The news obsesses over the recent government shutdown, the latest
But aside from the weekly hysterias, the world has dramatically changed since 2016 in ways we scarcely have appreciated.
The idea that
In the last two years, a mainstream consensus has grown that
The world did not fall apart after the
In retrospect, most Americans accept that such once controversial decisions were not ever all that controversial.
There is also a growing, though little reported, consensus about what created the current economic renaissance: tax cuts, massive deregulation, recalibration of trade policy, tax incentives to bring back offshore capital, and dramatic rises in oil and natural gas production.
Although partisan bickering continues over the extent of the upswing, most appreciate that millions of Americans are now back again working -- especially minority youth -- in a manner not seen in over a decade.
For all the acrimony about illegal immigration, the government shutdown over the wall and the question of amnesties, most Americans also finally favor some sort of grand bargain compromise.
The public seems to be agreeing that conservatives should get more border fencing or walls in strategic areas, an end to new illegal immigration and deportation for those undocumented immigrants with criminal records.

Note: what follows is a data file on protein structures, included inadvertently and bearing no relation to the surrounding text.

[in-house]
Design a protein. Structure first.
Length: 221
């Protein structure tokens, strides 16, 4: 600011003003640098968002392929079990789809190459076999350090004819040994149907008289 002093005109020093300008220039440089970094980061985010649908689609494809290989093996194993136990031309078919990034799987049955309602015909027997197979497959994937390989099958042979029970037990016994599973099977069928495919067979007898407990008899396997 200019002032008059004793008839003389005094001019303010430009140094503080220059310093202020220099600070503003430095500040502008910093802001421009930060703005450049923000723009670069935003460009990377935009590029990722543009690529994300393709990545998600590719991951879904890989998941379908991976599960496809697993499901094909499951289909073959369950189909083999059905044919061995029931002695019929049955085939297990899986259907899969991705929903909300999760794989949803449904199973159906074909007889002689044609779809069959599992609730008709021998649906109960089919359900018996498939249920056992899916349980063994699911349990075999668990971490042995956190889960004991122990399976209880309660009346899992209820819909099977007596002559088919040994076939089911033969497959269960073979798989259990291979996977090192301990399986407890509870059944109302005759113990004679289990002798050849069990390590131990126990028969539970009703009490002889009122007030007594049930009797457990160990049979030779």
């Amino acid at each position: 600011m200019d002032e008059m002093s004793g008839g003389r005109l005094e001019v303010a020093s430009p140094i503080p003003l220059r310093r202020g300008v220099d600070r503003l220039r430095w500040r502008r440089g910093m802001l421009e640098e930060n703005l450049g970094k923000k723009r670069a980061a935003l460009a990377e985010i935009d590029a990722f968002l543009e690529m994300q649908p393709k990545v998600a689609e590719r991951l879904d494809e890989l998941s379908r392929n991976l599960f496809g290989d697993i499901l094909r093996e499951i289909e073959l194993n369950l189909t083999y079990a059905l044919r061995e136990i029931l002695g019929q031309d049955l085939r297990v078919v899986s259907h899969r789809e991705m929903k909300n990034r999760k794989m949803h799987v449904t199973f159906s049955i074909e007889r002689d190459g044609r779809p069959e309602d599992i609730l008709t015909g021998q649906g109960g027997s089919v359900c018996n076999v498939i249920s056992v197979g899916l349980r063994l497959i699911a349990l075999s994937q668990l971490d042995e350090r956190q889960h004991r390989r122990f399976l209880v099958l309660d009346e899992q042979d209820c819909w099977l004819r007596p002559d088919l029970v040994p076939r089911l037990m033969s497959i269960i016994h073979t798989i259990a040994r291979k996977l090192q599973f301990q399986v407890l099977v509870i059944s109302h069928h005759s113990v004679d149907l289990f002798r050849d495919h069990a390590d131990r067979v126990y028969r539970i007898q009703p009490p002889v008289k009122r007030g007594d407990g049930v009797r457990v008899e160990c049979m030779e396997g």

Liberals in turn will likely obtain green cards for those long-time immigrants here illegally who have a work history and have not committed violent crimes.
Both sides will be forced to agree that illegal immigration, sanctuary cities and open borders should end and legal immigration should be reformed.
Americans have paradoxically grown tired both of costly overseas interventions and perceptions of American weakness that led to the Libyan fiasco, the Syrian genocide, the rise of the
Two years ago, most Americans accepted that the
Most Americans have now concluded that while the EU may be necessary to prevent another intra-European war, it is increasingly a postmodern, anti-democratic and unstable entity.
Trump has not changed his campaign reputation for being mercurial, crass and crude.
But what has changed is the media's own reputation in its hysterical reaction to Trump. Instead of empirical reporting, the networks and press have become unhinged.
When reporting of the presidency has proved 90 percent negative, and false news stories are legion, the media are no longer seen as the remedy to Trump but rather an illness themselves.
Since 2016, polls show that Americans have assumed that the proverbial mainstream media cannot be counted on for honest reporting but will omit, twist and massage facts and evidence for the higher "truth" of neutralizing the Trump presidency.
When asked on "The View" why so often the liberal press keeps making up facts, "jumps the gun" and has to "walk stuff back when it turns out wrong,"
Trump's popularity is about where it was when he was elected -- ranging on average from the low to mid-forties. But many of his policies have led to more prosperity and address festering problems abroad.
And despite the negative news, they are widely supported, even -- or especially -- if Trump himself is not given proper credit for enacting most of them.
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